So I sit in the Campus Center Café every day – it’s my favorite space on campus, and I go there and buy a coffee after class and stay until closing. It’s been the site of many of my meltdowns – I’ve written emails to the registrar, cried about my Russian visa, and had Skype phone calls with friends in Sydney at 9am on the first day of finals.
Today, I was sitting there and trying to read through 200 pages of David Hume – and eavesdropping on a first-year having a conversation with a girl of about eleven or twelve. I don’t know how I expected the conversation to go, but it’s safe to say that I never expected to learn as much as I did from that girl.
I’ve never learned what to say at the pickup counter at CVS, and I’ve said something different and equally awkward every time I’ve gone to pick up my medication in the last year – until I went with a friend who’d been brought up in the United States. She just strolled up to the counter, said “Hi, pickup for O’Keefe”.
Maybe I’m just generally awkward as a person, but I never learned to say these things, never got this cultural education. I know all the middle-school classics by the Black Eyed Peas, have read all the Princess Diaries books, and have a gaggle of American friends who frequently keep me updated on the latest in Tumblrverse – but I still don’t know how to draft an email to the Registrar, or what to say to the bank on the phone.
It is in these moments that I feel the most foreign – that no matter how well I learn to talk about Bernie and Hillary, or realise that I understand all the ’90s cultural references at my house’s middle-school-themed Spring party – my inability to formulate strings of adultese at the times I most need it reflects that I have the cultural competency of an American seven-year-old.
Ocean Vuong, in an interview with The New Yorker, said it best when he said “for an American who was born here, the mundane might be boring, but for me colloquial English was a destination”. I can only imagine what it feels like for someone for whom English is not a native language – but culturally, I feel as if I am always playing catch-up. I am always running after the years of high school homeroom systems I never had, as if it somehow makes up for the fact that my passport will never be navy blue.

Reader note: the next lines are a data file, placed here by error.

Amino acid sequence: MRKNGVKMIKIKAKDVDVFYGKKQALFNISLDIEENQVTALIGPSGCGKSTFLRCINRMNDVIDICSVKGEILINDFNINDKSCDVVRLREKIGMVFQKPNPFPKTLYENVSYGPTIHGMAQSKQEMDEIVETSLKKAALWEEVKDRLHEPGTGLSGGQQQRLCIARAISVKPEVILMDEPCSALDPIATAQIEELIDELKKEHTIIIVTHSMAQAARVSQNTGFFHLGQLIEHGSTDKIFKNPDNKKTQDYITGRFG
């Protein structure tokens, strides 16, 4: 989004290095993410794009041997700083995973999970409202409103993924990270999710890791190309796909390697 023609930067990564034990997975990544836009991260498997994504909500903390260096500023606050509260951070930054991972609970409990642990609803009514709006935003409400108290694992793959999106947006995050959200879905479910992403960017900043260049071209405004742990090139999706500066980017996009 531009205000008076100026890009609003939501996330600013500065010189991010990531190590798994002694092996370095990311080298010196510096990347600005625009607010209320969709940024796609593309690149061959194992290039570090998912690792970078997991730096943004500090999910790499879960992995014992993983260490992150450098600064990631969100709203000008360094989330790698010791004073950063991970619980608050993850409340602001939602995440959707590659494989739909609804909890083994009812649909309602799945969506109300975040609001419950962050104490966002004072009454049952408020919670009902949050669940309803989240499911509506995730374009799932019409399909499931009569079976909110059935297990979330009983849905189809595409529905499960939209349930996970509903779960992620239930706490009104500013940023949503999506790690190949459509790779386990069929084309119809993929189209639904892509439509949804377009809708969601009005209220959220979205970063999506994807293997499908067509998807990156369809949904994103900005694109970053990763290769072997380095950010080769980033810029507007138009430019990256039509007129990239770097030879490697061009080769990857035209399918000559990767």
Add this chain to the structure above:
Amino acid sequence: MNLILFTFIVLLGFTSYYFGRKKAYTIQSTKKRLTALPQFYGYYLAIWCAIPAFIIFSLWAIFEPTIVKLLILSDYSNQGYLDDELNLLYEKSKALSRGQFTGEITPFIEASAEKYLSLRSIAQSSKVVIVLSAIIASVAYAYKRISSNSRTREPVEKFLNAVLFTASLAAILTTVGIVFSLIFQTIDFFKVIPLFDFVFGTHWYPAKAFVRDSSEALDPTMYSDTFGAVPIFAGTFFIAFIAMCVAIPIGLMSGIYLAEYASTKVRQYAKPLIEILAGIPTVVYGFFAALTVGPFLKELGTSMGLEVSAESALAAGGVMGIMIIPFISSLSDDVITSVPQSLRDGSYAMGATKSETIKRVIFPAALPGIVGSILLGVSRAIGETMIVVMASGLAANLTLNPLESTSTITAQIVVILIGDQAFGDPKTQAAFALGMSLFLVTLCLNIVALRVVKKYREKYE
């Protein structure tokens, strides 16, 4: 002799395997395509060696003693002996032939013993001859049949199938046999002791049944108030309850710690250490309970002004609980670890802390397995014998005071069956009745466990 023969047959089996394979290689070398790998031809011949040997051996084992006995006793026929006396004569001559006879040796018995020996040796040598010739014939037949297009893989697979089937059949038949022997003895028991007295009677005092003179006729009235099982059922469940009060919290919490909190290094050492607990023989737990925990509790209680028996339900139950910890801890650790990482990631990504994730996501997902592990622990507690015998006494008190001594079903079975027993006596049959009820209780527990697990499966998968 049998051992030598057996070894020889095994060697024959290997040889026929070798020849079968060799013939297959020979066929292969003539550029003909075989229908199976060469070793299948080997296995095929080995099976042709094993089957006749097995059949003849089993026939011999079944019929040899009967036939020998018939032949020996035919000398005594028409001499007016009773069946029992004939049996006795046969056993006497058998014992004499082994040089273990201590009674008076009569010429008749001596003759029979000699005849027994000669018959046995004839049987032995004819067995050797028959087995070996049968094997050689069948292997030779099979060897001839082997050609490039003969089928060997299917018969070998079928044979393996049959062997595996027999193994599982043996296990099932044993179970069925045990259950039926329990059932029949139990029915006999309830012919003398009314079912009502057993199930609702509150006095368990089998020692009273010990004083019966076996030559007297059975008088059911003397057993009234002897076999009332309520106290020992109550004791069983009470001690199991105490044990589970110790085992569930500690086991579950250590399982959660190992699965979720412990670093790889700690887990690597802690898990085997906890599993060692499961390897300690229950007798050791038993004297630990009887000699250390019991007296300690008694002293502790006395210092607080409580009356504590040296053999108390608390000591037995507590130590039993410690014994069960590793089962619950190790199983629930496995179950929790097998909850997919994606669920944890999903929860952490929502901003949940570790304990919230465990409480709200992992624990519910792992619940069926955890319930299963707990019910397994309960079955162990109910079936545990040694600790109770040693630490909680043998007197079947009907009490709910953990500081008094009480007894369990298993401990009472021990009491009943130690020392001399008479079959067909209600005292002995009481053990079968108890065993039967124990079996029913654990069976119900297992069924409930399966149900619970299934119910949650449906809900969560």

The last time I got some neurological tests done, there was a General Knowledge section – I remember being asked what the president of the United States during the Civil War was. I later Googled and found out who it was (it’s Abe Lincoln), but in that moment I became more conscious of my accent, of the way my flat tongue wouldn’t hit ‘th’s the same way the doctor’s could. As small and (relatively) insignificant in the world as Singapore is, could you imagine a German or Japanese child being able to answer that question? Could I imagine an American knowing who Singapore was colonized by, just for General Knowledge?
Is it possible, then, to have any kind of ‘general knowledge’ that is not culturally skewed in some way? Whether Russia’s possession of Crimea is an ‘invasion’ or not depends on who you ask, as is whether Kosovo is still a part of Serbia – it really all depends on who’s telling the story, whose political and cultural lens you inherit.
Maybe, then, it is less that I am getting a cultural education here, as my presence, and the existence of many others, serves to highlight how culturally biased much of what we know to be ‘fact’ really is. Maybe my inability to decide what to say at CVS, or know my American presidents, can somehow show that every day, when we get out of bed with all our assumptions, we are also getting out of bed with our years of cultural education.